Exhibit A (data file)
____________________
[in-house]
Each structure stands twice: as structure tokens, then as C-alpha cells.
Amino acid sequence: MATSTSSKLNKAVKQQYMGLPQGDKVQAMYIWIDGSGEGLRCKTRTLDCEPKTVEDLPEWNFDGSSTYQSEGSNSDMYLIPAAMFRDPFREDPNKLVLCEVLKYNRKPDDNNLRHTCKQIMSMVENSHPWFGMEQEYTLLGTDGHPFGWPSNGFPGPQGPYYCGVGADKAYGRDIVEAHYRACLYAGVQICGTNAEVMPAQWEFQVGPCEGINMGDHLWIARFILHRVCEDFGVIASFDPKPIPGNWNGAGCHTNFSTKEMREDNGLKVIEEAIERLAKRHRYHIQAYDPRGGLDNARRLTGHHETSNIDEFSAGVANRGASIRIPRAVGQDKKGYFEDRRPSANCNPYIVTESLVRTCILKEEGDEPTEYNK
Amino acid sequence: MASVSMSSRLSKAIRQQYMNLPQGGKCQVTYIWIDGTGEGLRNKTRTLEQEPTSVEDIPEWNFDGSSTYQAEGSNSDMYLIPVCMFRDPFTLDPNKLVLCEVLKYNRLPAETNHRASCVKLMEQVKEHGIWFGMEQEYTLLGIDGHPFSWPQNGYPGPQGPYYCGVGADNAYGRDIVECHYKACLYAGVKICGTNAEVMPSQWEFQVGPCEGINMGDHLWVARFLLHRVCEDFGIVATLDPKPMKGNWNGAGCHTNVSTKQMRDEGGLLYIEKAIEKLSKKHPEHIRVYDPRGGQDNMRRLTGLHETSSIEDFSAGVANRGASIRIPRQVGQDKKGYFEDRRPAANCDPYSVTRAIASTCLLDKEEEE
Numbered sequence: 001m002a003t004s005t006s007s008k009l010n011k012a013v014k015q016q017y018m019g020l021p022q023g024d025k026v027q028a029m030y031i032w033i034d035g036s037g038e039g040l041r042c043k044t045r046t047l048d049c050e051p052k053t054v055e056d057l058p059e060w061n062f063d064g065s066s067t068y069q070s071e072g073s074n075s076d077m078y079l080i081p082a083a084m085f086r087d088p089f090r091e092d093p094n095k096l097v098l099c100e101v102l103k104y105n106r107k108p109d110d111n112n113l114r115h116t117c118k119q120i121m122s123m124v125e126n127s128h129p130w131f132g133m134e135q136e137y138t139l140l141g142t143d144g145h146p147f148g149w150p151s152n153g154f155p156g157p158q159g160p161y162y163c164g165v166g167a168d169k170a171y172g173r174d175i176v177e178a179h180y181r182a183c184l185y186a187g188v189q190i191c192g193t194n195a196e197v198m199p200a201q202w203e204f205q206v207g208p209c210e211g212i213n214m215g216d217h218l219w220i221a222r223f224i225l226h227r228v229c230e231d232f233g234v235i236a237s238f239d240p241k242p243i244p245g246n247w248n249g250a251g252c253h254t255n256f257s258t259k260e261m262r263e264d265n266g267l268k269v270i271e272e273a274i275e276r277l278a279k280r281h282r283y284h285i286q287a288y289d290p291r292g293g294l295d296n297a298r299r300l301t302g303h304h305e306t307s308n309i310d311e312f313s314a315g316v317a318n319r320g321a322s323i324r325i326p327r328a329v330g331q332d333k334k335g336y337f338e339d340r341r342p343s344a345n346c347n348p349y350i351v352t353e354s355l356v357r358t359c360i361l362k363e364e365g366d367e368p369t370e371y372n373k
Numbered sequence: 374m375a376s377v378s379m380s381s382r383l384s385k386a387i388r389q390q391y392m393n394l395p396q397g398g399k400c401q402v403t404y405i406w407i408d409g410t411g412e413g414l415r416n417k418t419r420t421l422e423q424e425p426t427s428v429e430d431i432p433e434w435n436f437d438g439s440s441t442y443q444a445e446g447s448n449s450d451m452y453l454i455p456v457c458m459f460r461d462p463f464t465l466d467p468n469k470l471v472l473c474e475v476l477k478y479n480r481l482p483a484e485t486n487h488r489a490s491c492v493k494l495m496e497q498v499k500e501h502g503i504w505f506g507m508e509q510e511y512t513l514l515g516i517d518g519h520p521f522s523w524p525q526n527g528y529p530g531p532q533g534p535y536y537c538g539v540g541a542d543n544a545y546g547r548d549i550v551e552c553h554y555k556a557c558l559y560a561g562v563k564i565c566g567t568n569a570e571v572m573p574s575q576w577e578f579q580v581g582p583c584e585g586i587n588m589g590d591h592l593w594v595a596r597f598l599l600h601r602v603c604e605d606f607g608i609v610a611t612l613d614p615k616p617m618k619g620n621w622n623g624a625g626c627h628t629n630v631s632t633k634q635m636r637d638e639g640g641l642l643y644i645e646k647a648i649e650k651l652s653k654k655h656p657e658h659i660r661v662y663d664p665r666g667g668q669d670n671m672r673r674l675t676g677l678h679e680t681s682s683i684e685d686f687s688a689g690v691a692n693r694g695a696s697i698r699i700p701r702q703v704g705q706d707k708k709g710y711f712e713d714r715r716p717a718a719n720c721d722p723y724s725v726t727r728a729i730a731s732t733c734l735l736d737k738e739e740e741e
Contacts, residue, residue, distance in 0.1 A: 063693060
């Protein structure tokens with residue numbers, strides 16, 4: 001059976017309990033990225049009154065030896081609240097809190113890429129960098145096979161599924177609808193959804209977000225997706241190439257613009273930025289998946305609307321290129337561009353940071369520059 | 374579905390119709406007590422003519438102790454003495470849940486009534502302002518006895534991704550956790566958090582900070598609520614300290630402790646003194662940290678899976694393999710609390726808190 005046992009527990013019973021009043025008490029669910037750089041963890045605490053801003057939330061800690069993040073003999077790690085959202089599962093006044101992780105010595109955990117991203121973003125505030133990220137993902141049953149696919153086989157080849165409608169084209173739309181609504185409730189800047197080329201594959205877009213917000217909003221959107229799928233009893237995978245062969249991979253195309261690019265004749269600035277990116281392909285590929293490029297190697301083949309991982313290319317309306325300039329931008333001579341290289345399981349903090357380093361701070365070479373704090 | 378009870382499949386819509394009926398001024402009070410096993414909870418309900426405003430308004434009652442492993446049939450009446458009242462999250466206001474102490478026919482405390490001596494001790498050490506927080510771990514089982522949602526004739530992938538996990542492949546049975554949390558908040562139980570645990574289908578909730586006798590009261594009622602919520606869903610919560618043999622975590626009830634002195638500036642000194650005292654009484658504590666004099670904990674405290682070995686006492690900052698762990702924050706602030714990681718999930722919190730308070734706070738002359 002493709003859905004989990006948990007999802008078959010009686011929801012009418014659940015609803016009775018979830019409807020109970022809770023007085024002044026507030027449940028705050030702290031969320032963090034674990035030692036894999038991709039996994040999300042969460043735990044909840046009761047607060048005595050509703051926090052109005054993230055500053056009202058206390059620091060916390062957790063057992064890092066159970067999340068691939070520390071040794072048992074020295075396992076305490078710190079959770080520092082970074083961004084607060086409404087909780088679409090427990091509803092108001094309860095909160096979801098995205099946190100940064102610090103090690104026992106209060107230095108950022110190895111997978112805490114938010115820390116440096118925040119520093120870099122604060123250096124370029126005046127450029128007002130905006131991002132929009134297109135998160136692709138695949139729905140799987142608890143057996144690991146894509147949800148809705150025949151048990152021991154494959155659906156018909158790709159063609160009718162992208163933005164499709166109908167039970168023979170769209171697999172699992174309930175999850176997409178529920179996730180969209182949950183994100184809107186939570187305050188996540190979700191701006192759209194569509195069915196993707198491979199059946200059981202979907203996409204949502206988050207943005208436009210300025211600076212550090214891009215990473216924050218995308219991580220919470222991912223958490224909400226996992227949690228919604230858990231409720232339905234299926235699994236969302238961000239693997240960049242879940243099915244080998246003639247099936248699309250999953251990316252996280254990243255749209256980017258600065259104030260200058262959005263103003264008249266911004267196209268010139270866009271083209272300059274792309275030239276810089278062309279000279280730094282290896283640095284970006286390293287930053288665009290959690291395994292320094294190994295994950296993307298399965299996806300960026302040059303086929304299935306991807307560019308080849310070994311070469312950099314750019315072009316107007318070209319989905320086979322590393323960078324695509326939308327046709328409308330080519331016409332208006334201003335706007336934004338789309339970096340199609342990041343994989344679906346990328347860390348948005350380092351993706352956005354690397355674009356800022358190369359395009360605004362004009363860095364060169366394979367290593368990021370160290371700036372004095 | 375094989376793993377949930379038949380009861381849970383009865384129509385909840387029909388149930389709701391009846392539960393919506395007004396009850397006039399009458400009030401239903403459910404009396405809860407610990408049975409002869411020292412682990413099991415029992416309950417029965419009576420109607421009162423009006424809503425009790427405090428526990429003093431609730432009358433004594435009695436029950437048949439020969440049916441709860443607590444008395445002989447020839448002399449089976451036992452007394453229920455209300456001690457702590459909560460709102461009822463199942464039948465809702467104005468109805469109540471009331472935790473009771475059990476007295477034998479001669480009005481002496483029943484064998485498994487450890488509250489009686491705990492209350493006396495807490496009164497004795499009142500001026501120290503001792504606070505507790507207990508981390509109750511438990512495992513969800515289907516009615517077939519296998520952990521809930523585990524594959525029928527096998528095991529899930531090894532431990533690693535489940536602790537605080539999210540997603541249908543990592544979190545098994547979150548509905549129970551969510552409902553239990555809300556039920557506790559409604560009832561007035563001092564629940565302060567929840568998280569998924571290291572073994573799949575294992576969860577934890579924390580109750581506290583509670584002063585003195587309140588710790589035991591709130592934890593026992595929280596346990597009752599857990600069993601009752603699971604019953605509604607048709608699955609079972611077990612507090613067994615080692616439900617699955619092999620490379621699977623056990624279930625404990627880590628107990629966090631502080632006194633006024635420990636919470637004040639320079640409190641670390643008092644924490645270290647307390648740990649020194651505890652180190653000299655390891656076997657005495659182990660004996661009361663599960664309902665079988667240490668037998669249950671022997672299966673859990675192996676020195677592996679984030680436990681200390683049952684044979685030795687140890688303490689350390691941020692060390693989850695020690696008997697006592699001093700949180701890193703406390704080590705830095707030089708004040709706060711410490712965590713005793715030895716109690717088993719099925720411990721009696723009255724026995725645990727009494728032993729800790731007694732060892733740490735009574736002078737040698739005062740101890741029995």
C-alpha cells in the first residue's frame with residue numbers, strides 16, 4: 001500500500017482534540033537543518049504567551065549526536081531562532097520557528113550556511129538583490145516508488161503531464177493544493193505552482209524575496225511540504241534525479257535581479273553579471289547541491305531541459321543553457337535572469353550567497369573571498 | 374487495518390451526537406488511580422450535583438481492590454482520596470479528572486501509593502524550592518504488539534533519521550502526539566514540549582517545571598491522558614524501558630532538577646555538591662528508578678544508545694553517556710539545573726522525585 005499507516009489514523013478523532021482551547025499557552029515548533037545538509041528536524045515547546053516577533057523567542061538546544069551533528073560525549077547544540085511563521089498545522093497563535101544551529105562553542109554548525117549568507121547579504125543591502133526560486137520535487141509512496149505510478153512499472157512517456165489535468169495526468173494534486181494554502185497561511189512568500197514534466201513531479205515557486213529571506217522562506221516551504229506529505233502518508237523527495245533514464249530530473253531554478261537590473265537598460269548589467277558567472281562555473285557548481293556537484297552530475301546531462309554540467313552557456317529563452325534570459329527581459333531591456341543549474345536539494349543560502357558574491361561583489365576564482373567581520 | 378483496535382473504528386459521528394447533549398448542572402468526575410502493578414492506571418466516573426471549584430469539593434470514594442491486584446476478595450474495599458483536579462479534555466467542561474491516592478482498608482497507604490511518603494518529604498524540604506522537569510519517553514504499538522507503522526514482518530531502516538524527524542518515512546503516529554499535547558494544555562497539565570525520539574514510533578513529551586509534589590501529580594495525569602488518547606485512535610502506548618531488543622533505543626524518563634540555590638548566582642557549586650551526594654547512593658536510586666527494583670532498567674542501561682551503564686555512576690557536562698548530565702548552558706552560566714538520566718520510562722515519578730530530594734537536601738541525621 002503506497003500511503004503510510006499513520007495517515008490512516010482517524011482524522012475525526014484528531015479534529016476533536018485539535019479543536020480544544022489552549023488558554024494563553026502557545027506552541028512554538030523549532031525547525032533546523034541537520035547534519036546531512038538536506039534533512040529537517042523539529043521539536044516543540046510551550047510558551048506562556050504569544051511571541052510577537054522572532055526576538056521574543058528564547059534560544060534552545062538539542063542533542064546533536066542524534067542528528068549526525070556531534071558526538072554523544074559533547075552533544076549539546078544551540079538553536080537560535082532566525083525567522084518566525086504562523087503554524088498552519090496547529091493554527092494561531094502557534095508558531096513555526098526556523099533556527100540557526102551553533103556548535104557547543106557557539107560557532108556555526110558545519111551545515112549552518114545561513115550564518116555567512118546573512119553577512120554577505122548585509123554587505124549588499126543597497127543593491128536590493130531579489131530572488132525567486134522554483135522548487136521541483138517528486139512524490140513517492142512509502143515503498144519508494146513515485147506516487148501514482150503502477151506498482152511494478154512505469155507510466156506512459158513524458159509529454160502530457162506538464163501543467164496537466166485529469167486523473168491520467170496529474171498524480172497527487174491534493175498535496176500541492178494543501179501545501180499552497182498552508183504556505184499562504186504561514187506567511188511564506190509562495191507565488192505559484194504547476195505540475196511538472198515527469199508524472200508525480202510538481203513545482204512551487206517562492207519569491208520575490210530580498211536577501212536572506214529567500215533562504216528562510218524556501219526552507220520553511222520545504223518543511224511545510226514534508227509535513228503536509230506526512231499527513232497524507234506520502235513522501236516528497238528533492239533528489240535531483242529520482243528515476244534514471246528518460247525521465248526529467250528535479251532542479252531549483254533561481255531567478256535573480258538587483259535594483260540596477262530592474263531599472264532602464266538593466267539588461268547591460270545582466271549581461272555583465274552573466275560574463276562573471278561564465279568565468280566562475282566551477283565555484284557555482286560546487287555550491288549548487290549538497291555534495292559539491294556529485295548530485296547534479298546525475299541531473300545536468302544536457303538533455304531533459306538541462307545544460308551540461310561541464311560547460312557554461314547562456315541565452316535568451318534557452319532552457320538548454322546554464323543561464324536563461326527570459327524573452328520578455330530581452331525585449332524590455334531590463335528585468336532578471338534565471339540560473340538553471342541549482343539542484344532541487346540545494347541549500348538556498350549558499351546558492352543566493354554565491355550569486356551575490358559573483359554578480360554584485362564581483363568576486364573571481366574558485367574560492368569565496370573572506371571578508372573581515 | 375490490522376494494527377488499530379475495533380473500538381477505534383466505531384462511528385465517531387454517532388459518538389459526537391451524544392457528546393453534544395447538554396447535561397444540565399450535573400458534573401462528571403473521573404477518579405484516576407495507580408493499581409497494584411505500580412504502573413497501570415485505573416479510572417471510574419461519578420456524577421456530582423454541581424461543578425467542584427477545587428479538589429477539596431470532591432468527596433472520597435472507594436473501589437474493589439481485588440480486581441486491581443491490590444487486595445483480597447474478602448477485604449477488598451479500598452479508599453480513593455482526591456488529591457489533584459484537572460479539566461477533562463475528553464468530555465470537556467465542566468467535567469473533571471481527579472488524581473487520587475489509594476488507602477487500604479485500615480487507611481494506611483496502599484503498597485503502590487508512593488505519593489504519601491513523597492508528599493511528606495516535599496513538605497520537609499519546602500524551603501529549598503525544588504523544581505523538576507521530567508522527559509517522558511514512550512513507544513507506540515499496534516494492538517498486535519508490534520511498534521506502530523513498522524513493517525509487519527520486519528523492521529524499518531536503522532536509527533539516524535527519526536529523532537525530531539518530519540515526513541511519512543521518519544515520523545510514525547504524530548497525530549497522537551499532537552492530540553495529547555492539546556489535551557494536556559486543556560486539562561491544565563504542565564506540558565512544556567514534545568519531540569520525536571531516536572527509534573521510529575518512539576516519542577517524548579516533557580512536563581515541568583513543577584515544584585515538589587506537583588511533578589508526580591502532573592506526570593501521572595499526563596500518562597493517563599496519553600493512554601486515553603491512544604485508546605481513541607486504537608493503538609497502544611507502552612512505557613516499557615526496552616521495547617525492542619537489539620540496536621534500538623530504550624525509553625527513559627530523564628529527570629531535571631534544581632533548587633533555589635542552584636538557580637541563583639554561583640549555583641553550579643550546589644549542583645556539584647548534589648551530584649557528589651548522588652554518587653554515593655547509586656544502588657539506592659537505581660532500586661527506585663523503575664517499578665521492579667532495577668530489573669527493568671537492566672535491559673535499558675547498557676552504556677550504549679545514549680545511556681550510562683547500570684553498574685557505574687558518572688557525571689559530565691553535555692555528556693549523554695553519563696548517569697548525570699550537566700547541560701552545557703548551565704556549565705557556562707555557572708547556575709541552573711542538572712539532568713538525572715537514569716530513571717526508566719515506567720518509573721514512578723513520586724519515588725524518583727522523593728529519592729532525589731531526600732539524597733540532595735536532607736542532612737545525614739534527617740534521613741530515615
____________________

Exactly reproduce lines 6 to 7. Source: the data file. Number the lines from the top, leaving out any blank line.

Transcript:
Numbered sequence: 374m375a376s377v378s379m380s381s382r383l384s385k386a387i388r389q390q391y392m393n394l395p396q397g398g399k400c401q402v403t404y405i406w407i408d409g410t411g412e413g414l415r416n417k418t419r420t421l422e423q424e425p426t427s428v429e430d431i432p433e434w435n436f437d438g439s440s441t442y443q444a445e446g447s448n449s450d451m452y453l454i455p456v457c458m459f460r461d462p463f464t465l466d467p468n469k470l471v472l473c474e475v476l477k478y479n480r481l482p483a484e485t486n487h488r489a490s491c492v493k494l495m496e497q498v499k500e501h502g503i504w505f506g507m508e509q510e511y512t513l514l515g516i517d518g519h520p521f522s523w524p525q526n527g528y529p530g531p532q533g534p535y536y537c538g539v540g541a542d543n544a545y546g547r548d549i550v551e552c553h554y555k556a557c558l559y560a561g562v563k564i565c566g567t568n569a570e571v572m573p574s575q576w577e578f579q580v581g582p583c584e585g586i587n588m589g590d591h592l593w594v595a596r597f598l599l600h601r602v603c604e605d606f607g608i609v610a611t612l613d614p615k616p617m618k619g620n621w622n623g624a625g626c627h628t629n630v631s632t633k634q635m636r637d638e639g640g641l642l643y644i645e646k647a648i649e650k651l652s653k654k655h656p657e658h659i660r661v662y663d664p665r666g667g668q669d670n671m672r673r674l675t676g677l678h679e680t681s682s683i684e685d686f687s688a689g690v691a692n693r694g695a696s697i698r699i700p701r702q703v704g705q706d707k708k709g710y711f712e713d714r715r716p717a718a719n720c721d722p723y724s725v726t727r728a729i730a731s732t733c734l735l736d737k738e739e740e741e
Contacts, residue, residue, distance in 0.1 A: 063693060